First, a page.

Food Blog 4 – Tomato Pesto Awesomeness… erm, Bread

Today’s recipe is one that I stole and adapted from my mother. (Though to be fair, my mom is generous enough to give it to me – stealing makes it sound much more dangerous.) When I was growing up, she used to make what we called ‘tomato bread’ about once a month, which wasn’t nearly enough for me.  There’s something addictive about garlic, butter, salt, and tomatoes on crusty bread.

When I got to college, I discovered pesto and a light bulb went off in my head. The name for what follows isn’t particularly catchy, but the flavours are addictive as hell and it’s easy food for a meal for two (with leftovers) or for a party appetizer.

This is what we start with.

Tomato-Pesto Bread

Continue reading


Foodblog 3 – Quick Chicken Nachos

Two days ago we discussed chicken. Yesterday I gave you my salsa recipe. Today we’ll combine them into an actual meal-something that is damned tasty.

1 can refried beans
2 chicken breasts
1 bag of tortilla chips
Pickled chilis (either sliced jalapenos or pepperoncini)
Cheese (Optional)
Salsa (Optional)
Guacamole (Optional)
Cilantro for garnish

Right, so this is one of those really customizable meals that takes about 15 minutes to make if you store-buy everything (like the salsa and guac) and less than an hour if you do the salsa and guacamole yourself. I find the flavour combinations addictive enough that I eat until I’m miserable with this dish. Do your best to avoid this problem.

1) Empty the can of refried beans into a pan with 2-4 oz of water, and set the pan on medium-low heat. Stir the beans around so the water gets evenly distributed throughout the mixture and just let it set there until everything else is ready. When you are prepared to serve, the bean mixture should be thin enough to easily spoon onto the chips.

2) Slice the chicken breasts in half and add a light cumin dusting to the outside along with salt and pepper. Cook them as described here. When they are done, dice them into bite-size pieces.

3) Put a layer of tortilla chips on a plate.

4) Add the beans over chips. Then add the diced chicken as well.

5) Add a layer of grated cheese over everything.

6)  From here, add whatever elements you want. I like salsa, guacamole, sour cream, and peppers. Other people like chives, olives, fresh tomatoes, lettuce, bacon – at this point it’s a playground for your tastebuds, so do what you want. One way to cut the fat is to leave off the sour cream and/or the guacamole. You could also cut the tortilla chips and put lettuce in its place, or quick fry your own tortillas… the variations are endless.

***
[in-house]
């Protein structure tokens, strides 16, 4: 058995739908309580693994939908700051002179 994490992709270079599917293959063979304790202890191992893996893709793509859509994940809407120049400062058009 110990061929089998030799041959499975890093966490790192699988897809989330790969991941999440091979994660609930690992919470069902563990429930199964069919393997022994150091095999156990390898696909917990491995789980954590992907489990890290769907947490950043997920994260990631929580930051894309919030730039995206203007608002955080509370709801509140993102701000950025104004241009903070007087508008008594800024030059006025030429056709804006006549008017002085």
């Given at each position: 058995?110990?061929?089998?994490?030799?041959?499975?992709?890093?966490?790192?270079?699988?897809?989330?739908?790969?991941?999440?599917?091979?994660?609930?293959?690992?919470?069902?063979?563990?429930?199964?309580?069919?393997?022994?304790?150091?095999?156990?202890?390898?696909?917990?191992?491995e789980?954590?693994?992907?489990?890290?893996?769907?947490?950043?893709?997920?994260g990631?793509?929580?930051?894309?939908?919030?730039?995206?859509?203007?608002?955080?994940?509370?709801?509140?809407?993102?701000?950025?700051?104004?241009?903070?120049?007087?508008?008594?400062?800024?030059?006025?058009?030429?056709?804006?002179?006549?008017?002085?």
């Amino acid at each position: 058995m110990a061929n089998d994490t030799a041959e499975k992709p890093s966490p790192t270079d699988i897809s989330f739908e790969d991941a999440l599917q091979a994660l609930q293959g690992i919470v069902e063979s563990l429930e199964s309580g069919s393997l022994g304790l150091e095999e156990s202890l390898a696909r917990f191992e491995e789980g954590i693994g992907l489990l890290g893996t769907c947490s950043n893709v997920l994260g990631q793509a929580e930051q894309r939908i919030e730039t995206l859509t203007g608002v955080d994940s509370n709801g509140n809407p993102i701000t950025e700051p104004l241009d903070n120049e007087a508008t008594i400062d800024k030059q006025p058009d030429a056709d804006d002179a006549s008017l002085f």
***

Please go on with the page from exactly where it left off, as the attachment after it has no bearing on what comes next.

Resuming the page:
@mixedknuts on Twitter

Food Blog 2 – Fresh Salsa in a Barren Wasteland

The UK is a barren wasteland for Mexican food. At the super market you’ll find Old El Paso and little else, and the stuff they sell as ‘salsa’ here is almost universally wretched. It’s either canned/jarred crap the U.S. had 30 years ago or it’s horribly sweet and vinegary stuff you can get in the refrigerated aisle. For someone whose favourite cuisine is Tex-Mex and who spent some important developmental years in the American South West, neither of these is edible.

Unfortunately for me, I haven’t been very happy with most of the recipes I’ve found for salsa online either. Recipes from Europe seem to interchange ‘salsa’ with ‘sauce’ whenever they feel like it, while a number of easy American stalwarts like Alton Brown somehow think red peppers belong in salsa. Experts like Bobby Flay and Rick Bayless produce some amazing salsa variations, but they are also damned complex to recreate, especially when you just  need to satisfy your own personal salsa cravings.  So, for the last year I have been dicking around and coming up with my own.

It goes a little somethin’ like this:

200-250g (7-8oz) of Grape or Plum tomatoes
2 cloves garlic
1 shallot
1 lime (juice only)
1 large chipotle (you can exchange this for a large Jalapeno if you want a less smoky flavour – I usually err toward the chipotle version about 60% of the time)
1.5 Tblsp Ancho Chili Powder
1 Tblsp Salt (I use kosher or fine sea salt.)
1 tsp Ground Cumin
1 Tbsp finely chopped cilantro
Total time: 20-25 minutes